McAlester News-Capital, McAlester, OK

March 3, 2014

Judicial take on legislation: Enid lawyers speak on pending bills in Legislature

By Phyllis Zorn, Staff Writer
Enid News and Eagle

ENID, Okla. — Two Enid lawyers who have served on the Oklahoma Judicial Nominating Commission gave their take on Monday pending legislation that would affect judicial matters.

Doug Jackson and his associate, Glenn Devoll, have served on the Oklahoma Judicial Nominating Commission, which screens candidates to fill vacancies on the benches of district courts, workers’ compensation court, appeals courts and the Oklahoma Supreme Court.

One bill pending in the Legislature would require judges to retire according to a formula, Jackson said.

“If your years of service plus your age is over 80, you are required to retire,” Jackson said.

Another, Jackson said, would change the way judges are appointed to replace those who retire before their elected terms expire.

“Basically, what this law seeks to do is allow the governor to select the judges,” Jackson said.

Both men spoke Monday to Enid Rotary Club.

Devoll explained the way JNC reviews potential judges. Once the list of names has been reviewed and the commission decides who it chooses to interview, thorough background checks are done, Devoll said.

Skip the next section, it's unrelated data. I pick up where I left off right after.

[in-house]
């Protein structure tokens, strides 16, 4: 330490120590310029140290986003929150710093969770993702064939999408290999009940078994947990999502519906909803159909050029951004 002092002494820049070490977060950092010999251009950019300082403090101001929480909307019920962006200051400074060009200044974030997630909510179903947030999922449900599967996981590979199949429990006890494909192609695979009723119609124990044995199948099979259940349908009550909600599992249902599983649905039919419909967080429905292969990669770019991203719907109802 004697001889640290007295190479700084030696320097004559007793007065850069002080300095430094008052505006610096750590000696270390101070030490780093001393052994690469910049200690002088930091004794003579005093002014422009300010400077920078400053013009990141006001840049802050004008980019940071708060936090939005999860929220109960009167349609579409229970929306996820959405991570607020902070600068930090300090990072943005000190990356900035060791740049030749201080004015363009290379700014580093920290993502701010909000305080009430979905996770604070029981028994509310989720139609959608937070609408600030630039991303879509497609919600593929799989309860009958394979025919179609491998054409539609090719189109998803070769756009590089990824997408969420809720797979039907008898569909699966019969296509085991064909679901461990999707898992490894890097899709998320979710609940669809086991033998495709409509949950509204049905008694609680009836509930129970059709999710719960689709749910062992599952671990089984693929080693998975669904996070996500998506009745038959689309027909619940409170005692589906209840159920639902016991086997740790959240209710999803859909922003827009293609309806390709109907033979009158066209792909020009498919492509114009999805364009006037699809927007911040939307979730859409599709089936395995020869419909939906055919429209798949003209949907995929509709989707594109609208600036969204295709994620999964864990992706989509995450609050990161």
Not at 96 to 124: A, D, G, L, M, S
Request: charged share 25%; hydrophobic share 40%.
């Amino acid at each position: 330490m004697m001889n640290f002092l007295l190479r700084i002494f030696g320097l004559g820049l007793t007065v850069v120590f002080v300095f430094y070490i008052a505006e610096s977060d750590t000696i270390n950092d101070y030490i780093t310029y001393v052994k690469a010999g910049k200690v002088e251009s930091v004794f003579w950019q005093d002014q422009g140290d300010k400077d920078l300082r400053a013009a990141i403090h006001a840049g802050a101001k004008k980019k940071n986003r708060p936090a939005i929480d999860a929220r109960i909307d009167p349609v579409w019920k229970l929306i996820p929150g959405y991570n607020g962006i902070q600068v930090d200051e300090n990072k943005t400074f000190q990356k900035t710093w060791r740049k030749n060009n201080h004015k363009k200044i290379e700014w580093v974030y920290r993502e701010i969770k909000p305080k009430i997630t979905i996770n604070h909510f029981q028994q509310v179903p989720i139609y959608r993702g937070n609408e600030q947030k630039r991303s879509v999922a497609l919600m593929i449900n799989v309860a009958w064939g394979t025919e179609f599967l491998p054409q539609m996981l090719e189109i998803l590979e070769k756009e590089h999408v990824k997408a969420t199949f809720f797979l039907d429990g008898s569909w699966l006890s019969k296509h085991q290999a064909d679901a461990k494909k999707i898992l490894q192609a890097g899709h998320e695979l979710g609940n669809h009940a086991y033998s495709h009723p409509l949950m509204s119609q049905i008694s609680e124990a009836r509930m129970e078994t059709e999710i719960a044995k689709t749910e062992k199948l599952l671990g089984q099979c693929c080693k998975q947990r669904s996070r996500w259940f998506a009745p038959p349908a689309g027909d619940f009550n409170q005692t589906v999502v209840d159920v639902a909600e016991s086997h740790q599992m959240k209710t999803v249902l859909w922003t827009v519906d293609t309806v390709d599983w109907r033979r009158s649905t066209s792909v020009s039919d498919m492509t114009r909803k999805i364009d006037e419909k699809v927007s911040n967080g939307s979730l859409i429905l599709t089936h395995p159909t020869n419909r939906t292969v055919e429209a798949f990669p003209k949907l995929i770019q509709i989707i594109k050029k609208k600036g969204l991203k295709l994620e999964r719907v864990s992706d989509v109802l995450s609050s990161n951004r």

“Believe me, they don’t mess around,” Devoll said.

By the time the candidates are interviewed, commission members already know a lot about them.

“The interview process is completely open, and I mean you can ask anything you want,” Devoll said.

Finally, the commission submits three names to the governor for the final choice.

“I can tell you it’s not a political process,” Devoll said.

Members of JNC are not paid for their time. JNC is made up of 15 members: six lawyers and nine non-lawyers who are appointed. Rules limit the number of appointees from the same political party, Devoll said.

“I’m a firm believer that this process is more thorough and more complete than your or my vote could ever be,” Devoll told Rotarians.

Associate District Judge Tom Newby said the governor can select from the three names submitted by the commission or can reject them all, and the process begins again.